Reaching the semi-finalist round, the Stern Social Venture Competition helped us to develop our ideas and think about our "student project" as a viable social-venture business that could actually make a difference.
ICTD "aims to provide a forum for researchers, practitioners and all those with interests in the use of information and communication technologies in development practice to meet to discuss the latest research advances in the field." Our paper, SIMbaLink: Towards a Sustainable and Feasible Solar Rural Electrification System, was accepted to the poster presentation session, and members from our team will be attending the conference in December.
Dates: July-August, 2010
Location: 319 Scholes (Brooklyn, New York)
Components: 5 32-watt solar kits, each connected to a prototype SIMbaLink module
Notes: This past summer we successfully installed our very first test deployment on the roof of 319 Scholes, a performance/gallery/ research space located in Brooklyn, New York. Read more about this deployment on our blog.
Dates: September-October, 2010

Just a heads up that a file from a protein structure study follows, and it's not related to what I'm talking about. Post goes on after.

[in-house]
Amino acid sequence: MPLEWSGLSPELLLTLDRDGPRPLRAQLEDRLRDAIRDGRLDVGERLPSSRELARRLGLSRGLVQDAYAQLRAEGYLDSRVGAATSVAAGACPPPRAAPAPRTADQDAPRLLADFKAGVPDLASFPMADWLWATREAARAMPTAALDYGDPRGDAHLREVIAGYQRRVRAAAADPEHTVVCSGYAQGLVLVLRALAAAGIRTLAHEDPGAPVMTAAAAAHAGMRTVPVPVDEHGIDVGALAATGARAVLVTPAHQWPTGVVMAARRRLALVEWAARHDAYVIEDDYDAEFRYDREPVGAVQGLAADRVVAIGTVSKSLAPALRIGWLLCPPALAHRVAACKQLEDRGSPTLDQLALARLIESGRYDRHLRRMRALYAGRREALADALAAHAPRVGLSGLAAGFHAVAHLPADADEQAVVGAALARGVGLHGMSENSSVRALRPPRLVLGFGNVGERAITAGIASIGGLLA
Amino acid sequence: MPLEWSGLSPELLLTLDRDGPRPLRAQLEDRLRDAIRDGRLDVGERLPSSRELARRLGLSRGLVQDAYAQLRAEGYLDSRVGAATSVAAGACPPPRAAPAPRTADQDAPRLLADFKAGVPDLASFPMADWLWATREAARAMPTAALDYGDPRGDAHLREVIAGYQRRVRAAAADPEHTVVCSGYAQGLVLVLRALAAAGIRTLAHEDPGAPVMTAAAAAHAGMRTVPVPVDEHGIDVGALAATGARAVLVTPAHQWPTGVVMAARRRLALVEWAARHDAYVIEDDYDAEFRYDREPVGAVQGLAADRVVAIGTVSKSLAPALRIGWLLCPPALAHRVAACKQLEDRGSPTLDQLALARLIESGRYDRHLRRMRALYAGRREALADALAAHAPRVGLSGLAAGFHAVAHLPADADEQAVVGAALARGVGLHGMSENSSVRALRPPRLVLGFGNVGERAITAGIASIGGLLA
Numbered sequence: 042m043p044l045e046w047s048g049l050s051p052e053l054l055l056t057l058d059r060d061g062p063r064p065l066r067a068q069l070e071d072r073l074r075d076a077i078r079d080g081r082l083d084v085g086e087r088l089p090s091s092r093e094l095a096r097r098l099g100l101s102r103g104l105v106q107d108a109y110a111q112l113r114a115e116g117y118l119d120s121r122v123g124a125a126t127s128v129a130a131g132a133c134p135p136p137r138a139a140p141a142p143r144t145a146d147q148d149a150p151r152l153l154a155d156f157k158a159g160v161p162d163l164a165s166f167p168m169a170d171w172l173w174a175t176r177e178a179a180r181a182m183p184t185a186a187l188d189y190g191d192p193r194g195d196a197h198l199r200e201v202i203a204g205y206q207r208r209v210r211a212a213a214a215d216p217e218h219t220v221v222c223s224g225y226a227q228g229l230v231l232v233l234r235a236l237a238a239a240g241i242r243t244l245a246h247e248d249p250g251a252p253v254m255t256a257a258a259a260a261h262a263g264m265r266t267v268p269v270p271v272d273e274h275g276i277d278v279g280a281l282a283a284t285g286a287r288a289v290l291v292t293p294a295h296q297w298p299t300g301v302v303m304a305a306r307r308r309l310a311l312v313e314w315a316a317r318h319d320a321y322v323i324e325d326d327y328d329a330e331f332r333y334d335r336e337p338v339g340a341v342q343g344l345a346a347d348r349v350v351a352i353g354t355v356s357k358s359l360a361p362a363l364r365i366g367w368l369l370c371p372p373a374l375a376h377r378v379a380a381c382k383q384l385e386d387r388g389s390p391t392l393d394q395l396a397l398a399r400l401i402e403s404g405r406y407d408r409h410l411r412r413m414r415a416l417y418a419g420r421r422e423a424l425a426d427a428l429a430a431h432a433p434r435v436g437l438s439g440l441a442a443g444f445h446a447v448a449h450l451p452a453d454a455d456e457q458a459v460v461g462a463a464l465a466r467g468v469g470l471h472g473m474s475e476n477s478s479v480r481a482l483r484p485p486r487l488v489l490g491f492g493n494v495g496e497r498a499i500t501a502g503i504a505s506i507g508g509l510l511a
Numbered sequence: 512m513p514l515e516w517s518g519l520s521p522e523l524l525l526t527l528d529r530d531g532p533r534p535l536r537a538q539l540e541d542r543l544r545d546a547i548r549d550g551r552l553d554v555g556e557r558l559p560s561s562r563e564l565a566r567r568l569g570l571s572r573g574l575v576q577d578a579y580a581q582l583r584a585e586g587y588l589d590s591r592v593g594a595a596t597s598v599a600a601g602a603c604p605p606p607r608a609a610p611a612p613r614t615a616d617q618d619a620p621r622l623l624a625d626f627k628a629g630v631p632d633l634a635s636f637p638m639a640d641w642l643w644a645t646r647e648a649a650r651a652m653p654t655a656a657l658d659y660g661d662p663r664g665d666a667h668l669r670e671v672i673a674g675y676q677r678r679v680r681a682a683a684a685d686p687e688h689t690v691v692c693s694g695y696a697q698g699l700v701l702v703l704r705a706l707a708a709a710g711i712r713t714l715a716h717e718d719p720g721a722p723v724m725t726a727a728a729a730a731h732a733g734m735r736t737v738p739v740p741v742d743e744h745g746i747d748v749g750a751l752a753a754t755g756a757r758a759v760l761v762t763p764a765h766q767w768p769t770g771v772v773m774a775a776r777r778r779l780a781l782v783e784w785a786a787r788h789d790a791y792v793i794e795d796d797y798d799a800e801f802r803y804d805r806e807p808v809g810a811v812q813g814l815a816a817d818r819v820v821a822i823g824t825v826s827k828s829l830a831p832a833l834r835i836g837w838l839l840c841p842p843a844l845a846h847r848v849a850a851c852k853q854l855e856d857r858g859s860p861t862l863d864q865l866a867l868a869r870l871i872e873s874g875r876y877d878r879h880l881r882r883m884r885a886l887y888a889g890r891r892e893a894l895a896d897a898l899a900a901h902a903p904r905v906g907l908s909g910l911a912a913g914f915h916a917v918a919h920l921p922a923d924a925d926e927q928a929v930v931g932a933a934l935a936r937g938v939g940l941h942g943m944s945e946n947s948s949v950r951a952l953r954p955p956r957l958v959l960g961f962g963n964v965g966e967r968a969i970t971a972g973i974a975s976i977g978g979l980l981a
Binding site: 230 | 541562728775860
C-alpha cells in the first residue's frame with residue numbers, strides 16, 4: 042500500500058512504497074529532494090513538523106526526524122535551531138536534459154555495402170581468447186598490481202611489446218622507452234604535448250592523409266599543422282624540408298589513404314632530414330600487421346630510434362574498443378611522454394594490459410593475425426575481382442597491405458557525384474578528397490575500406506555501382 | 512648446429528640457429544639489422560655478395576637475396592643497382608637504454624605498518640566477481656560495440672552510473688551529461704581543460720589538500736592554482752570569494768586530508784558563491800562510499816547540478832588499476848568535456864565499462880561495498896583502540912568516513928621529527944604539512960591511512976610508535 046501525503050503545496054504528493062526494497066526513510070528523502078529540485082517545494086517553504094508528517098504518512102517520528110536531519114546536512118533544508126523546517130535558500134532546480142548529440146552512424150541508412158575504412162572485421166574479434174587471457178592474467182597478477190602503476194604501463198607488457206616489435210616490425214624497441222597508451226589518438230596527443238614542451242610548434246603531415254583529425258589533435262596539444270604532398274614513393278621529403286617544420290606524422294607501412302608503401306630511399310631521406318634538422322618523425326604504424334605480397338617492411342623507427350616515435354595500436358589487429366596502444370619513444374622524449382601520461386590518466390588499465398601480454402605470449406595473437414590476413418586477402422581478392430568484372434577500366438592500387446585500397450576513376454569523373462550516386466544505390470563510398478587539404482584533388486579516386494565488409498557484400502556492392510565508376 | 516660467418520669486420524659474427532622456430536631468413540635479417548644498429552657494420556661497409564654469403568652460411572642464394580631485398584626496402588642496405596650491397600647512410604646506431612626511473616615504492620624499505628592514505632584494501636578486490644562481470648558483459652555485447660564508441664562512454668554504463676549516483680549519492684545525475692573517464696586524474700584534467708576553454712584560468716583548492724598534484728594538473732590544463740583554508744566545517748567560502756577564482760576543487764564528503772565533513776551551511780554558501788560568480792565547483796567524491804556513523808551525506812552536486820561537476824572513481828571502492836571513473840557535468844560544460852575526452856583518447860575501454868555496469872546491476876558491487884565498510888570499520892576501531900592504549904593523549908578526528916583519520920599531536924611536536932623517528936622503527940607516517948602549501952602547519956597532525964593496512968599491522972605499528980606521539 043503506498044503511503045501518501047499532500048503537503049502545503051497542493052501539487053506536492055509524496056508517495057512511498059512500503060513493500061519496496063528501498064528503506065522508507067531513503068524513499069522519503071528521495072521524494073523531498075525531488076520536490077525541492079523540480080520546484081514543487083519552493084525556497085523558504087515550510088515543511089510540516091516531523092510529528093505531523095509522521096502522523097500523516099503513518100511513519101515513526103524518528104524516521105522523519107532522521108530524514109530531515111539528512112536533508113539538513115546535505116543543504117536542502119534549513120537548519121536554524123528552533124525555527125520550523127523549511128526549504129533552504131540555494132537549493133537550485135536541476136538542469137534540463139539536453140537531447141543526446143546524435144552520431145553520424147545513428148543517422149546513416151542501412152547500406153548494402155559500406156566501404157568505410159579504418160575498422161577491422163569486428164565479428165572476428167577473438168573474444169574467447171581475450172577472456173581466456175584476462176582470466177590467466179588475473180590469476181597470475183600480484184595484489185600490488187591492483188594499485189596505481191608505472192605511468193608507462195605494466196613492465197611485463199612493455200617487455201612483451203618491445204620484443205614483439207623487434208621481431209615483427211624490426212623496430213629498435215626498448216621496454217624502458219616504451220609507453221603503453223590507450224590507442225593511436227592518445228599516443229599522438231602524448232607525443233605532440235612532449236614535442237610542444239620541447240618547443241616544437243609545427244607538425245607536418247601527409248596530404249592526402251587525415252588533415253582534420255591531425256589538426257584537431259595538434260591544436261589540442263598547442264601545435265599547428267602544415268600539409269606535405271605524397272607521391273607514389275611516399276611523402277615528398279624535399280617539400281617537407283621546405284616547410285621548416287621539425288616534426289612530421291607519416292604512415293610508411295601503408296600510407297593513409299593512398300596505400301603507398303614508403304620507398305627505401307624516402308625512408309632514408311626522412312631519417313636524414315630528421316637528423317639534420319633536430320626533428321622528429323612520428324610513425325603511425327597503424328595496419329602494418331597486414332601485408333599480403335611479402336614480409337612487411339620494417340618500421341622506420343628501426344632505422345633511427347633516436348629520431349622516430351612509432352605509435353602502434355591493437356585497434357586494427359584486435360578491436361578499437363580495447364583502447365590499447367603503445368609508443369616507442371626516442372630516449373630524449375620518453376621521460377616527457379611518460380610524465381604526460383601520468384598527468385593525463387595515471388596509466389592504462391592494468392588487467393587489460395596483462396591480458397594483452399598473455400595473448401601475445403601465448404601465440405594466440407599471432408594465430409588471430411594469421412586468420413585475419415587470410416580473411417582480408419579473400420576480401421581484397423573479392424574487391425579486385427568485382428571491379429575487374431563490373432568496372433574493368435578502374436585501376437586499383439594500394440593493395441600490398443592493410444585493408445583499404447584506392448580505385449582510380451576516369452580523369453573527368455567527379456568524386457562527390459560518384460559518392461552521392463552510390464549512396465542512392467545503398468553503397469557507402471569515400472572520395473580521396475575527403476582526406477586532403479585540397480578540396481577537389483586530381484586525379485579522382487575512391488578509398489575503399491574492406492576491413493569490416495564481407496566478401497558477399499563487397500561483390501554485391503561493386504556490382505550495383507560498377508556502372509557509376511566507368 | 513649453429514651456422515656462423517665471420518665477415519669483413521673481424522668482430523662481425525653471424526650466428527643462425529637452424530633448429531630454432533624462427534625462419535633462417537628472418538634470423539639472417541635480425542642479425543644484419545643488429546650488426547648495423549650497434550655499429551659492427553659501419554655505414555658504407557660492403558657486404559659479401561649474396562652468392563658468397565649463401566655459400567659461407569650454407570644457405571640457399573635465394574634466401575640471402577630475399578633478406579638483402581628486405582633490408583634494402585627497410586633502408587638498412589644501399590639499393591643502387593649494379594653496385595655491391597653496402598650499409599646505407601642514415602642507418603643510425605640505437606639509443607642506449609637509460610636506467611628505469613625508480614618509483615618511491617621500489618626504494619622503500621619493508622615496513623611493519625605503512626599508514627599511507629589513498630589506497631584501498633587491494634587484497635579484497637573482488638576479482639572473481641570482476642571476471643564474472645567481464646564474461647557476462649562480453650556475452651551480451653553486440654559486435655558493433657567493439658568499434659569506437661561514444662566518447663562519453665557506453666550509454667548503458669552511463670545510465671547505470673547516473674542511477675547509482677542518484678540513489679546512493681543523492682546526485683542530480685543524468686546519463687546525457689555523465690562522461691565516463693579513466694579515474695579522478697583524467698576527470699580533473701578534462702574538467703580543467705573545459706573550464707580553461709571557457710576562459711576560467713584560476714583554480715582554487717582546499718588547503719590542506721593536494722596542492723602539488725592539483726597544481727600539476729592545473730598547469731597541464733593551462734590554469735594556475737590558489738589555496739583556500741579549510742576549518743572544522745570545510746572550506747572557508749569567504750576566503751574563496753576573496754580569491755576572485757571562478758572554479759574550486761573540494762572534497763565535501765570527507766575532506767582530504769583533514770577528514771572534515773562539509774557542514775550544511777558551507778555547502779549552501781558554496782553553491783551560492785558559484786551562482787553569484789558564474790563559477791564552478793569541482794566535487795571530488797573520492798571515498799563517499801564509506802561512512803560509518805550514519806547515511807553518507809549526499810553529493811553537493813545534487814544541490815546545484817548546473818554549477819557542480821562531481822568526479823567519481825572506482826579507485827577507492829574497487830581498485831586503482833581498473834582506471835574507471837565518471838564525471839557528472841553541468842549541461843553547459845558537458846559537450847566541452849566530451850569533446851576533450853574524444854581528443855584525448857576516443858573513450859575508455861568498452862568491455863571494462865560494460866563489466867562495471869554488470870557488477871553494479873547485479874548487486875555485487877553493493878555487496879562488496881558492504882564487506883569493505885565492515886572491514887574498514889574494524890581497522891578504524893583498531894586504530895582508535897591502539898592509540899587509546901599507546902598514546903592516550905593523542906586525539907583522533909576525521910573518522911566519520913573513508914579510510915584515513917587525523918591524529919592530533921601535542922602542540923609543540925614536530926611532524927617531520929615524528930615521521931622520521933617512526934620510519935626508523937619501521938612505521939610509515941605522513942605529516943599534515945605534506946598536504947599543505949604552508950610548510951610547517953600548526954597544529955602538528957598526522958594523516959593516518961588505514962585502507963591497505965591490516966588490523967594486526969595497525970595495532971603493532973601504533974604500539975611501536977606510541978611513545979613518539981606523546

Location: Abu Dhabi, UAE
Components: Details to come
Notes: Details to come
SIMbaLink is Nahana Schelling, Meredith Hasson, Ariel Nevarez, and Sara Huong. The group met and started SIMbaLink while taking the Solar Design for Development class at the Interactive Telecommunications Program (ITP) at the Tisch School of the Arts (New York University). Now in collaboration with NYU's multidisciplinary research group CATER Lab (Cost-effective Appropriate Technologies for Emerging Regions), the four are working to build SIMbaLink into a fully operational social venture.
SIMbaLink's key collaborators are CATER faculty member Prof. Lakshminarayanan Subramanian (Assistant Professor at NYU's Courant Institute of Mathematical Sciences) and Dr. Harald Schützeichel, director of Stiftung Solarenergie (Solar Energy Foundation), a non-profit foundation working to create sustainable solar markets in developing countries.
Without the invaluable help and advice of the following contributors, SIMbaLink would not be where we are today: